ASIC is still experiencing slow and delayed responses from financial institutions and, in some cases, overly technical responses aimed at delay. Due process is important, but it must not be manipulated to disrupt the achievement of fair, appropriate and honest outcomes.
I have said before this Committee and elsewhere that it is a professional obligation of financial institutions to be timely, open and honest in their dealings with regulators.
If institutions lie, or are otherwise dishonest with us, we will use every power available to us to punish that behaviour. I am a firm believer in the importance and effectiveness of court-based enforcement tools. They are the foundation of any regulator.
It is important to highlight that ASIC does, and continues to, utilise enforcement tools. To this end, Chair I seek permission to table our latest enforcement and compensation outcomes.
My fellow Commissioners and I are committed to adopting reforms in our agency. We want to optimise the deployment of our enforcement and regulatory capabilities and maximise their impact.
To this end, we have already begun work at ASIC to enhance our decision-making structures and processes (especially in relation to enforcement). We are committed to ensuring that ASIC be as strategic as possible – that is, it makes the best decisions and ‘regulatory choices’ it can.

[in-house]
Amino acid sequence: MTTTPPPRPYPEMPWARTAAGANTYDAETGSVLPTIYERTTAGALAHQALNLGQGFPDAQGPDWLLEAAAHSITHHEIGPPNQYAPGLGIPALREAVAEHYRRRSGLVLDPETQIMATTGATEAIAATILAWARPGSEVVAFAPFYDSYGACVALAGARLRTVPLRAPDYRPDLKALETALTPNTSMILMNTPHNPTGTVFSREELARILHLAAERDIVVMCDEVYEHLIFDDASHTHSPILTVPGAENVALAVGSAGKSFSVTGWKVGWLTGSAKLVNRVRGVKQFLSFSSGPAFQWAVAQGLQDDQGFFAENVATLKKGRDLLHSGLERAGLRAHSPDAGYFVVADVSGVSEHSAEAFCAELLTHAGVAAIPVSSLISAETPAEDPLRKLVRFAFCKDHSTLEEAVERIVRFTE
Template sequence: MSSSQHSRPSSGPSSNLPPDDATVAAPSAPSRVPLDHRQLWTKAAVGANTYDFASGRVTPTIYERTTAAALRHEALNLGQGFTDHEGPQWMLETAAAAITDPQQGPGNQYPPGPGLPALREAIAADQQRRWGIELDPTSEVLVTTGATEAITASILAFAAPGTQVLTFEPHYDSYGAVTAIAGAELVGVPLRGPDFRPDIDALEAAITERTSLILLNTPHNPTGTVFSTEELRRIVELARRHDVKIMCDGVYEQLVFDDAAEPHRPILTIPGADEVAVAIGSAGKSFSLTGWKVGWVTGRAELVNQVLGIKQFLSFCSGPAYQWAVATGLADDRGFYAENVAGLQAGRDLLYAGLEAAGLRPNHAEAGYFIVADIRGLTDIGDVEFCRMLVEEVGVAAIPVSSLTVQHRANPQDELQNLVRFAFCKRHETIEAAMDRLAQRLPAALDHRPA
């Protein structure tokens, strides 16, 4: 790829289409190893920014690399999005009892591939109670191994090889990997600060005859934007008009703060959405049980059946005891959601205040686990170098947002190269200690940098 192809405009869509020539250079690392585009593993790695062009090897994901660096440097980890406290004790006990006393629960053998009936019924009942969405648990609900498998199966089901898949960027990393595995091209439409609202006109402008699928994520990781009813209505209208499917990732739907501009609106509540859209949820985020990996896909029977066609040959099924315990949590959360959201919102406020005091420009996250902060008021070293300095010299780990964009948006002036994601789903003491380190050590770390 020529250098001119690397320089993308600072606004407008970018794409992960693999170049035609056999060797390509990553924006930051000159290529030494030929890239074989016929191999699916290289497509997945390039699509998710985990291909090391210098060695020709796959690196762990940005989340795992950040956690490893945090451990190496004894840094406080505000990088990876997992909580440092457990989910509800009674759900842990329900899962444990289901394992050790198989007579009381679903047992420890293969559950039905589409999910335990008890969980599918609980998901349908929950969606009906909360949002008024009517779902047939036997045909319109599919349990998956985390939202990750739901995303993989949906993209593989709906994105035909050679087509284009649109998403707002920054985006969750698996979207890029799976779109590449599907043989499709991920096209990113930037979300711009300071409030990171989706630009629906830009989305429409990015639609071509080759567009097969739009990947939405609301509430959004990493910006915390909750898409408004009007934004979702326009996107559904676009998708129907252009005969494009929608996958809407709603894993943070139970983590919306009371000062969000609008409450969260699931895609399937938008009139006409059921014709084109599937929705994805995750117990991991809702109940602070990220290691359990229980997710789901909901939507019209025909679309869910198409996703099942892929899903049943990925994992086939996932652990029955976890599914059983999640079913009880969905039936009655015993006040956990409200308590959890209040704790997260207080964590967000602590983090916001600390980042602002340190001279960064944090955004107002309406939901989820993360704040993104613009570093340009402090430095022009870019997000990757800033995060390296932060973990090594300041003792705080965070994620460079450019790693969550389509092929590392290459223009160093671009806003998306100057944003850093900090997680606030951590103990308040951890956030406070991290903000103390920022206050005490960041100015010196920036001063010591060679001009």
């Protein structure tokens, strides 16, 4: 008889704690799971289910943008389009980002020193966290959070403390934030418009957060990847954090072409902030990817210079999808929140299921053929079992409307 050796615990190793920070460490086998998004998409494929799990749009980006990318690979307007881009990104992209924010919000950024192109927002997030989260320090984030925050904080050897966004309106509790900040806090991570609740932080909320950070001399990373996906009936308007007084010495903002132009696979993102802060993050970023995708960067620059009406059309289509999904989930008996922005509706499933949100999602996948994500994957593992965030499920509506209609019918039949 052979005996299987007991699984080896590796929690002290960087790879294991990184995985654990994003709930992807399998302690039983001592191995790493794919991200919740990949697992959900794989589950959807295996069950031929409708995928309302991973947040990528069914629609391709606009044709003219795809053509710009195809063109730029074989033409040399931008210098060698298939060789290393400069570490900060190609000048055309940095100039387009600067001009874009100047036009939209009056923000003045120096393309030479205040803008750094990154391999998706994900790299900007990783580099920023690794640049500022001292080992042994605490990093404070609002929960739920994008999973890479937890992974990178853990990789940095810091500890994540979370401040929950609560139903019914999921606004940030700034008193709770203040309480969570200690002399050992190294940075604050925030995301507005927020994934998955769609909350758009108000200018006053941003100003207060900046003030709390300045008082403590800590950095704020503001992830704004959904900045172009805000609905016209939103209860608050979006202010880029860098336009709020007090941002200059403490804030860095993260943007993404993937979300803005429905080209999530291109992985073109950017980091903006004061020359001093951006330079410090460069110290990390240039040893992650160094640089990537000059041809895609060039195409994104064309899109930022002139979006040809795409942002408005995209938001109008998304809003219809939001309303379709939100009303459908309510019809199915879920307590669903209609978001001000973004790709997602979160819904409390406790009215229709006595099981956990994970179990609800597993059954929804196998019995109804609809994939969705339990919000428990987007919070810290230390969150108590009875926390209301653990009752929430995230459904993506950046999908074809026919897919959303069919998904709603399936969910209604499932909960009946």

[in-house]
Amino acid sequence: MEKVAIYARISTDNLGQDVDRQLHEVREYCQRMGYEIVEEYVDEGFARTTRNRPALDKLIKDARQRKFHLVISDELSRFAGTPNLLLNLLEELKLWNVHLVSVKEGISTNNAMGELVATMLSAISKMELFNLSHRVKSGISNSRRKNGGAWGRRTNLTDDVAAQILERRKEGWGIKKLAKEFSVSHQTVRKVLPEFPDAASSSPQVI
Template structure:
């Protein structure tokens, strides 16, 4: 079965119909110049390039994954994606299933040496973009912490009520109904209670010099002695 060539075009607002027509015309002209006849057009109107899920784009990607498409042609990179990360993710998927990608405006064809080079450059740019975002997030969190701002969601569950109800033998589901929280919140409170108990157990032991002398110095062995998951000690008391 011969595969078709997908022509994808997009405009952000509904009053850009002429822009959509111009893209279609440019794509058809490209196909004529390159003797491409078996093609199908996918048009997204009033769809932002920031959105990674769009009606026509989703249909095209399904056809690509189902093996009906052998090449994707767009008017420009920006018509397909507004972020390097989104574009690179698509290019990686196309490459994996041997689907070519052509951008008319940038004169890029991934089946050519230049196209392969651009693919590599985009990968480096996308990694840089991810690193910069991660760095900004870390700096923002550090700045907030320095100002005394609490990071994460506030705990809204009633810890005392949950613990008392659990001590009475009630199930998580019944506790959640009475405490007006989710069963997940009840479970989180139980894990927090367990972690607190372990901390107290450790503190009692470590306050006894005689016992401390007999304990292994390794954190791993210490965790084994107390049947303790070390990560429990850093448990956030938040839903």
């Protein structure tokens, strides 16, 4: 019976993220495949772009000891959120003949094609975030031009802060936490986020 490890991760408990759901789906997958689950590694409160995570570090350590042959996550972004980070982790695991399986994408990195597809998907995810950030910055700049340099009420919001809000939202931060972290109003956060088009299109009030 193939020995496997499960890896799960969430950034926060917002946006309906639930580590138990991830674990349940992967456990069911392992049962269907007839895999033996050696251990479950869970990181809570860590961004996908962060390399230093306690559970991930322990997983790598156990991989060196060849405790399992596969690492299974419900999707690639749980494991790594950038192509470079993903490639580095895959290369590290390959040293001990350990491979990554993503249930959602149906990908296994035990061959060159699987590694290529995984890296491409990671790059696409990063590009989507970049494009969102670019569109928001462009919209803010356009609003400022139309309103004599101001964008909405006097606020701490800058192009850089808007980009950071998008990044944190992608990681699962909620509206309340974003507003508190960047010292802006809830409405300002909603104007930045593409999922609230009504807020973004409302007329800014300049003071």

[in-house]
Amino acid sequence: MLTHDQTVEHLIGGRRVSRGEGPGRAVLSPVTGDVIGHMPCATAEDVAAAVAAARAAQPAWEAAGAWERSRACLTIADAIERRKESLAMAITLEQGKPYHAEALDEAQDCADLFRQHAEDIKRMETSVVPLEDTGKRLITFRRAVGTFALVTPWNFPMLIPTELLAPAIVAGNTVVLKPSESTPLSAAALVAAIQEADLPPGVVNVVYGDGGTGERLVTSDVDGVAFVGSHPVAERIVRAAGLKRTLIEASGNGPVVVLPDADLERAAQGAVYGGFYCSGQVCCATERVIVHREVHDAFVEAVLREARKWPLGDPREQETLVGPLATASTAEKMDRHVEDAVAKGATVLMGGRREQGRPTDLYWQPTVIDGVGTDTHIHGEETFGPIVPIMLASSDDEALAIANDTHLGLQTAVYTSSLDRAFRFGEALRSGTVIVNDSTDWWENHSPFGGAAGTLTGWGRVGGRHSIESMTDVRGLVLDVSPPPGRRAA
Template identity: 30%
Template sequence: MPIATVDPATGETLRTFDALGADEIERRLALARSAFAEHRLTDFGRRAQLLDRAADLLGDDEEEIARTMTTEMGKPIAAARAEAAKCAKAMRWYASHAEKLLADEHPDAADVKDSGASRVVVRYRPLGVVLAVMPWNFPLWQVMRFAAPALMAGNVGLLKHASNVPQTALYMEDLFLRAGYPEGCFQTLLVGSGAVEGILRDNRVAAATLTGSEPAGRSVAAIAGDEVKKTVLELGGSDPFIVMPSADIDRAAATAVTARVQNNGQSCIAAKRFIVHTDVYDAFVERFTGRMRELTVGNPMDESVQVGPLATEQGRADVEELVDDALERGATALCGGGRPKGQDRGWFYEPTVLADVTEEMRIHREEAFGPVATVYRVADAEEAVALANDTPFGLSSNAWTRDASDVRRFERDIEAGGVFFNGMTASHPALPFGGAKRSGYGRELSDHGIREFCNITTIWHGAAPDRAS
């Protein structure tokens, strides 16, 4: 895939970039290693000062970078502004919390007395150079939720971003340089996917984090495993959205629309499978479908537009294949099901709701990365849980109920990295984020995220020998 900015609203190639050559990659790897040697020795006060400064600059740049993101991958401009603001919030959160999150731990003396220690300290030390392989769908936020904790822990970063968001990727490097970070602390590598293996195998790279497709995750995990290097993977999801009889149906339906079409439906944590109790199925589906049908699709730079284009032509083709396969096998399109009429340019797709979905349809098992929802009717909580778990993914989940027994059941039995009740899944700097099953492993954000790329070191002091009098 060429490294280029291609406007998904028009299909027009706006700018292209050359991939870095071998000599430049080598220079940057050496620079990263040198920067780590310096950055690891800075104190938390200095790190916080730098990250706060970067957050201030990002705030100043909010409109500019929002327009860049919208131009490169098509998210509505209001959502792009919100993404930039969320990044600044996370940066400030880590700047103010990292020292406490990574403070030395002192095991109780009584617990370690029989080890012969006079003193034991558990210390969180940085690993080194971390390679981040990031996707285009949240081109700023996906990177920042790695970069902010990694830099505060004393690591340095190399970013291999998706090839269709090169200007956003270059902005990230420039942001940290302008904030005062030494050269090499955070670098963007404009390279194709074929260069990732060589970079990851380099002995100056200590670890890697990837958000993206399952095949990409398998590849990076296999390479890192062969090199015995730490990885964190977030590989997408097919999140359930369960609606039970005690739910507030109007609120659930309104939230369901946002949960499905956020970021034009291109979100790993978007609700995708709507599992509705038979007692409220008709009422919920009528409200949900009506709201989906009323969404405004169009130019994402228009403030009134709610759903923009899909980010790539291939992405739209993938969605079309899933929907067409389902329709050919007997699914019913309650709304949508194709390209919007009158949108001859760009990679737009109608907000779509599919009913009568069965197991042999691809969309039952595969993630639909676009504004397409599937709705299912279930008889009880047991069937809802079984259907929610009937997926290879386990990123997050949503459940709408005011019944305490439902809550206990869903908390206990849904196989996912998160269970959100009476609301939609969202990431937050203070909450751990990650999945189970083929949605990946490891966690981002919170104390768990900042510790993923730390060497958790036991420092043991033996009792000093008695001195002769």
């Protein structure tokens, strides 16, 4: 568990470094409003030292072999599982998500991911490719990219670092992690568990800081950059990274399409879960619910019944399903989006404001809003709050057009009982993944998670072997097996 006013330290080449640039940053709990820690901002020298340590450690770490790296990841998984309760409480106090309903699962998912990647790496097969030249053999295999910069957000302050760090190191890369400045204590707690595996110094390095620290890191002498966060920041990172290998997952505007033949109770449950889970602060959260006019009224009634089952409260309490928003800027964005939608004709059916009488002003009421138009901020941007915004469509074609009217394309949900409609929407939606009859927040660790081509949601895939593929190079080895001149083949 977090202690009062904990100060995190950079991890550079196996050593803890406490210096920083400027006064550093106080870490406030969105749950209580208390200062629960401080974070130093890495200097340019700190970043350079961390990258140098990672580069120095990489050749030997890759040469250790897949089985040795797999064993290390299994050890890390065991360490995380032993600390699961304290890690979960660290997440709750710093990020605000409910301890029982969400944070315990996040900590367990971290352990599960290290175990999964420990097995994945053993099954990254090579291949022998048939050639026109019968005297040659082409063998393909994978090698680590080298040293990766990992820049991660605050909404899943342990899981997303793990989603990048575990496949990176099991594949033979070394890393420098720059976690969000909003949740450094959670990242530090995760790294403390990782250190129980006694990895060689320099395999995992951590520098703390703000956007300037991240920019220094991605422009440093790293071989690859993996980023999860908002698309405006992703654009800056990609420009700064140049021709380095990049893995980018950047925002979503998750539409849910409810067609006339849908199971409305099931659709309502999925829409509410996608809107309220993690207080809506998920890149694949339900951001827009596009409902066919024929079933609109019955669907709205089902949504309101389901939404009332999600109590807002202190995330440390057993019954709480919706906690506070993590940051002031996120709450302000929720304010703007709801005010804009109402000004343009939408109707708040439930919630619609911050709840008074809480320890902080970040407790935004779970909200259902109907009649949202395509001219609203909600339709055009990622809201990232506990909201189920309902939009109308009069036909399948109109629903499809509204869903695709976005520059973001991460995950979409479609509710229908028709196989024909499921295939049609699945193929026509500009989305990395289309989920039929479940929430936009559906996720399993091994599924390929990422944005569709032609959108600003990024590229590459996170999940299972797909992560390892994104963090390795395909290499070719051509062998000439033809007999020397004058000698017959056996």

We have recently announced a review into our enforcement processes led by our new Deputy Chair, Daniel Crennan QC. Given the importance of this body of work, we have appointed Michael Wyles QC to assist Deputy Chair Crennan. With permission Chair, I would like to table the Terms of Reference of this internal review.
Any analysis of court-based enforcement needs to also consider court processes as well as timeliness, cost and likely success, especially in relation to remediation. These considerations will be dealt with in our formal response to the Royal Commission – a submission that I do not want to pre-empt.
We will, of course, continue to be informed and guided by the Royal Commission. It is very important to note that the Interim Report of the Royal Commission is an interim report.
Again, our work on enhancing what we do is well underway. We have embraced the recommendations of the 2015 Capability Review into ASIC, particularly regarding the need for improved strategic governance.
This new strategic governance approach has already identified two urgent priorities – namely:
- Accelerating our enforcement outcomes; and